The Fourses module consists of four bounds/bounce oscillators, stacked on top of each other so that their bounds are mutual. Imagine four bouncy balls in a greased perspex tube only wide enough to permit them to travel along it. They bounce off of each other in the tube, and generate intricate but inter-related chaotic outputs. Each bouncy ball has the requisite basis and attenuverter knobs, and bounds inserts, control input, and triangular output.
Looking at the front panel of Fourses, note that inputs are marked by copper fill. The four operators are exactly the same in appearance. The bounds of any operator are dictated by the ones immediately above and below, except for the very top and bottom operators; the top upper bound is set to eight volts, and the bottom lower bound to negative eight volts. The bounds of any operator, however, have inserts that you can use to manually set a boundary to whatever voltage you wish. This may introduce Ieaskul’s masthead, the paradox wave, that comes about when a lower bound is greater than an upper bound, causing the oscillator to go into hyper oscillation since it cannot rest in any stable zone.
Connected to the bounds inserts area, there is a rate knob that acts in a special, Fourses-like way: knob in middle causes the up- and down- slopes to be equally fast, and the operator will bounce easily; turn the knob clockwise and it will have a very slow down-slope and a fast up-slope, counter-clockwise is the opposite. The philosophical reasons for such a knob came about when testing the original fourses; control of slope symmetry is just as important as, or perhaps more important than, control of frequency in Fourses. The control input, with associated attenuverter also controls frequency and symmetry in the same way. An attenuverter works like this: at noon the modulations are nulled out, they have no effect; clockwise from there they increase in intensity, with positive input meaning “more”; to the counter-clockwise direction, modulations increase as well, but with negative input meaning “more”. This knob is essential to controlling how much, and in which direction, your modulations apply. The “position out” can hardly be called “triangle out” anymore, but it is the same electronically as would a triangle output- a reading of the current position of each bouncy ball.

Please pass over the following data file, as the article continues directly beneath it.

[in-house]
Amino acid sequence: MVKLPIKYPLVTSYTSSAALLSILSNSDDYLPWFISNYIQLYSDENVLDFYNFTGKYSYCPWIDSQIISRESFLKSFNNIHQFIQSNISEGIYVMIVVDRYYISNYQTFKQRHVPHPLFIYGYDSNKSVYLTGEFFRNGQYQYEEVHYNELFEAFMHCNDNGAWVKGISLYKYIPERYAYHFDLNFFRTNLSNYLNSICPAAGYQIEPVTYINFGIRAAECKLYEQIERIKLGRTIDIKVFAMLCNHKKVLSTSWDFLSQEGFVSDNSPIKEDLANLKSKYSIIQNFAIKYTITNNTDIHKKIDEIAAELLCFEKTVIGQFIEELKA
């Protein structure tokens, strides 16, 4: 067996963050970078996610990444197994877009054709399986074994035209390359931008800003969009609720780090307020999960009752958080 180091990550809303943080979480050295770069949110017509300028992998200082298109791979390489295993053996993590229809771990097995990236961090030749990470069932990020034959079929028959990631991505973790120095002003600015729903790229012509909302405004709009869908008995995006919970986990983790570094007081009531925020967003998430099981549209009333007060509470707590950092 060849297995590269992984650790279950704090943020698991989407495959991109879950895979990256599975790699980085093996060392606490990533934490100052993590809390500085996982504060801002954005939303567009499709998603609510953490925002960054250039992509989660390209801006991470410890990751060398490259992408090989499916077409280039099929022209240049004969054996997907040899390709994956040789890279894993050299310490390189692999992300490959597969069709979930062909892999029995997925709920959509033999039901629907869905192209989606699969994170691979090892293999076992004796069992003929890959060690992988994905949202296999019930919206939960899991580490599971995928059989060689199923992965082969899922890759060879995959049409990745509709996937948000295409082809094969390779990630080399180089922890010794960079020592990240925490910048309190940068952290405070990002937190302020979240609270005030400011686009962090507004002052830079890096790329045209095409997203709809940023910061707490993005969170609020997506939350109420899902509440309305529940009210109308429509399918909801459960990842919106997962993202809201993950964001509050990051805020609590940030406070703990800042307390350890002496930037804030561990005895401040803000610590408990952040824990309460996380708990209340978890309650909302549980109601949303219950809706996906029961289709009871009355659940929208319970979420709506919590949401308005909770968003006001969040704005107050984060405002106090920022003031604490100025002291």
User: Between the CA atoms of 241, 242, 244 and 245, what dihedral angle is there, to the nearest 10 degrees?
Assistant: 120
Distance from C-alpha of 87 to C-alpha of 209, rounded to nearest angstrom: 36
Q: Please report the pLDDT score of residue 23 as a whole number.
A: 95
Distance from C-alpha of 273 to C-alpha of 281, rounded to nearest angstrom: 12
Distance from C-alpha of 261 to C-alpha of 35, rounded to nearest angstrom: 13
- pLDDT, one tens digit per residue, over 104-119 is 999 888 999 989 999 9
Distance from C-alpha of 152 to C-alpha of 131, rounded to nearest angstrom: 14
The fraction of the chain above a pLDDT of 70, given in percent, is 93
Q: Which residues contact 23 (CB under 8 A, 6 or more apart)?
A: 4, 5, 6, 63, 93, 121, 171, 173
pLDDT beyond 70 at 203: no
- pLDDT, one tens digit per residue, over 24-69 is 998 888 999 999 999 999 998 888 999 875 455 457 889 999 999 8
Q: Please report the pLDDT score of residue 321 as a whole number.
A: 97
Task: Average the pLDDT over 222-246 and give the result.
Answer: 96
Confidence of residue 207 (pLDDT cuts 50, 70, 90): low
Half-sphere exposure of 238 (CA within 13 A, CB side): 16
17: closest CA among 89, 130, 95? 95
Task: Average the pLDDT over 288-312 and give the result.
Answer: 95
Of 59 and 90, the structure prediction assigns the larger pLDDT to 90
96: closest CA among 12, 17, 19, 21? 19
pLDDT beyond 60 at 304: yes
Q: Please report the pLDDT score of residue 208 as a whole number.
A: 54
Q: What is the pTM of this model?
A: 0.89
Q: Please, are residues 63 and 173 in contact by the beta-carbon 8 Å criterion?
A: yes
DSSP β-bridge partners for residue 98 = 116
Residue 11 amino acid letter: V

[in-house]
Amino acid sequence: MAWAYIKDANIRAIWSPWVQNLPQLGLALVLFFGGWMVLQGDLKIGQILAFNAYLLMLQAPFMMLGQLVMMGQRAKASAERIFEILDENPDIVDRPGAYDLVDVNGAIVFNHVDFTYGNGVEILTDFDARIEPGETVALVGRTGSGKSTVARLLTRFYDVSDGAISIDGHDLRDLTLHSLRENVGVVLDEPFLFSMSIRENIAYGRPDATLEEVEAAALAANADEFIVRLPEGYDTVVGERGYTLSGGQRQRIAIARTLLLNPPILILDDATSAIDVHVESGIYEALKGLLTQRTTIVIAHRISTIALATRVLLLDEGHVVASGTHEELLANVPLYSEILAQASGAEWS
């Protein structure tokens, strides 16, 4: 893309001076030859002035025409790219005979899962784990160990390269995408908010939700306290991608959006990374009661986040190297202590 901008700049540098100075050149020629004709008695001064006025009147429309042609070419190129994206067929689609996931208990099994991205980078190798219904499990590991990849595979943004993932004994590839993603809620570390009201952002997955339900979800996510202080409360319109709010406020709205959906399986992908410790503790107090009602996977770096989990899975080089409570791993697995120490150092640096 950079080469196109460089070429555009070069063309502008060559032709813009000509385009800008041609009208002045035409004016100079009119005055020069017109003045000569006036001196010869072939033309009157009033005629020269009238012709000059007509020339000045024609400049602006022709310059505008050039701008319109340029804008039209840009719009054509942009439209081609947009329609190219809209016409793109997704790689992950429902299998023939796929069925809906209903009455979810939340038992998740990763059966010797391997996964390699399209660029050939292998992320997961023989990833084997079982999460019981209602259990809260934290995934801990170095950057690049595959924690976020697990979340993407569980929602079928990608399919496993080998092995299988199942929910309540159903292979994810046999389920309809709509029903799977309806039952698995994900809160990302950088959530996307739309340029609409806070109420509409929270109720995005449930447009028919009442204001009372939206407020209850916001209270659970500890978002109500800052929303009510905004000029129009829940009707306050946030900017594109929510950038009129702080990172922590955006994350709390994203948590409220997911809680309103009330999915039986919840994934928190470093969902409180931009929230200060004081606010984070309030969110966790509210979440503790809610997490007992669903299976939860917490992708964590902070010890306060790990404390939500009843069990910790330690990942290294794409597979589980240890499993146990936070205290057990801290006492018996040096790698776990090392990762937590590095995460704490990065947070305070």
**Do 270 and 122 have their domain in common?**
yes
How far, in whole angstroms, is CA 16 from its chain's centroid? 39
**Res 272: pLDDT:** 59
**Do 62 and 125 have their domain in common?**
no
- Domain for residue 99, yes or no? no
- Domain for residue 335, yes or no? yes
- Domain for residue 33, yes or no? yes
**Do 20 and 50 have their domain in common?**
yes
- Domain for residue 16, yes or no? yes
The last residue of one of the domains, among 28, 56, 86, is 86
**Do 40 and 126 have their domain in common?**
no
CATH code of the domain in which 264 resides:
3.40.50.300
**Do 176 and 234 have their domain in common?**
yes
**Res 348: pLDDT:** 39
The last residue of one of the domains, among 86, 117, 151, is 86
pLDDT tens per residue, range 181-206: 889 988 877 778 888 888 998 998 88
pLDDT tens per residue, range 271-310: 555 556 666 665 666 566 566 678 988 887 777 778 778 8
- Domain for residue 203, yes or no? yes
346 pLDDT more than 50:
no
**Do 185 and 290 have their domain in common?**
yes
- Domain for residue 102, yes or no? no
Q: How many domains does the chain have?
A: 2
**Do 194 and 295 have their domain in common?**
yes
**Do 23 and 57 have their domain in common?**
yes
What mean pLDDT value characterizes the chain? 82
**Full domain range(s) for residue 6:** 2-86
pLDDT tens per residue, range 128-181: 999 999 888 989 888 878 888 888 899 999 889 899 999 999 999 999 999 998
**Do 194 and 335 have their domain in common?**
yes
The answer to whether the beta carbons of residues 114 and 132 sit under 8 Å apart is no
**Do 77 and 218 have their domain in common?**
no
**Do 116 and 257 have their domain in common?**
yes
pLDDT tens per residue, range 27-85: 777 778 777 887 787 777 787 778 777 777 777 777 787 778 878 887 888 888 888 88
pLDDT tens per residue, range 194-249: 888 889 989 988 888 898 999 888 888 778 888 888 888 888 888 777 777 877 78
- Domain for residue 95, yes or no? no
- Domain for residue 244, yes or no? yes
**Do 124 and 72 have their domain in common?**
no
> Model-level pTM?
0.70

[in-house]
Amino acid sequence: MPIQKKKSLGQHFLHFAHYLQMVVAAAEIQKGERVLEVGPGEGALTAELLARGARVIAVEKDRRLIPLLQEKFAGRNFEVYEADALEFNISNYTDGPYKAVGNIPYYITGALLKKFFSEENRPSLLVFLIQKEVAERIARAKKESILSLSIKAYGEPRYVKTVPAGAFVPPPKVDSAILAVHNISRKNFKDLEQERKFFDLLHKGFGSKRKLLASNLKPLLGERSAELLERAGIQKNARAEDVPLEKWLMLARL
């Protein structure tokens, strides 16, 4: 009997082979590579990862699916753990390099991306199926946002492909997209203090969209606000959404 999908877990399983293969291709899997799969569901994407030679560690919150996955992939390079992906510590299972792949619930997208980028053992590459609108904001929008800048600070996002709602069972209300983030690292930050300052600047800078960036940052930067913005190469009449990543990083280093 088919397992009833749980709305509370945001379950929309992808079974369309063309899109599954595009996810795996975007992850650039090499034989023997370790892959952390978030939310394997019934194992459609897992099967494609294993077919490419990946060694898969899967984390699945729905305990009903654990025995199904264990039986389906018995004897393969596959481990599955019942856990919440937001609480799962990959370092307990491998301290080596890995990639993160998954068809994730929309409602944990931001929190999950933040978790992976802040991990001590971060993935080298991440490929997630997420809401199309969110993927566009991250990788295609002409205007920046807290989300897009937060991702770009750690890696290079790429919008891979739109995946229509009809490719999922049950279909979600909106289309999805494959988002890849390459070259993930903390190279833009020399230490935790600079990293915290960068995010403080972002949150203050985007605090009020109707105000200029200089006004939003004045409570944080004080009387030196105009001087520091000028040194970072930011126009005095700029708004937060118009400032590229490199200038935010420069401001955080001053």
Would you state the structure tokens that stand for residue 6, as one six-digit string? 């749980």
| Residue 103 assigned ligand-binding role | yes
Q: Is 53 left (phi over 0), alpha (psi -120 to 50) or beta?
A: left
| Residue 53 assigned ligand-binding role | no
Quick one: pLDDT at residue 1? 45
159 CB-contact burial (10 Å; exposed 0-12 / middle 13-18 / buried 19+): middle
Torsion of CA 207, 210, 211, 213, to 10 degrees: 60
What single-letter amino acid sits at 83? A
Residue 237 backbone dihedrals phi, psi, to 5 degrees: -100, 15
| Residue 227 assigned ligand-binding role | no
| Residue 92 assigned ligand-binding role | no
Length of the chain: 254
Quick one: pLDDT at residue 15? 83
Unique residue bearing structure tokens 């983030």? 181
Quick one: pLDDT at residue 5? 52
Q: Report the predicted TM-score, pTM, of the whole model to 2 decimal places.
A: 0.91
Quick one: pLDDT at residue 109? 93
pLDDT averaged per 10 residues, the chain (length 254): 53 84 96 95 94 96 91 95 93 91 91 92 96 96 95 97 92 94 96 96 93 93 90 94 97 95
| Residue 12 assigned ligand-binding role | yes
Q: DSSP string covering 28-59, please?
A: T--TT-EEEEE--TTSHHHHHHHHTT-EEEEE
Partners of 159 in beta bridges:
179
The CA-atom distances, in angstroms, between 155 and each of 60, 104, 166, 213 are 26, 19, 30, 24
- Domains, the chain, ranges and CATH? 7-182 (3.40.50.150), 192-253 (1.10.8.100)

For each operator there is a range switch. When in middle position, the operator runs at a standard audio rate. Pointing downward is a low audio rate, and pointing upwards is a definite CV, lowest rate.
Fourses is a 12HP Eurorack module that runs on +12 and -12 volts. Attach power connector positive to “+” and negative to “-”. Failure to follow proper power polarity will result in instant destruction of unit.
30 mA +12V
30 mA -12V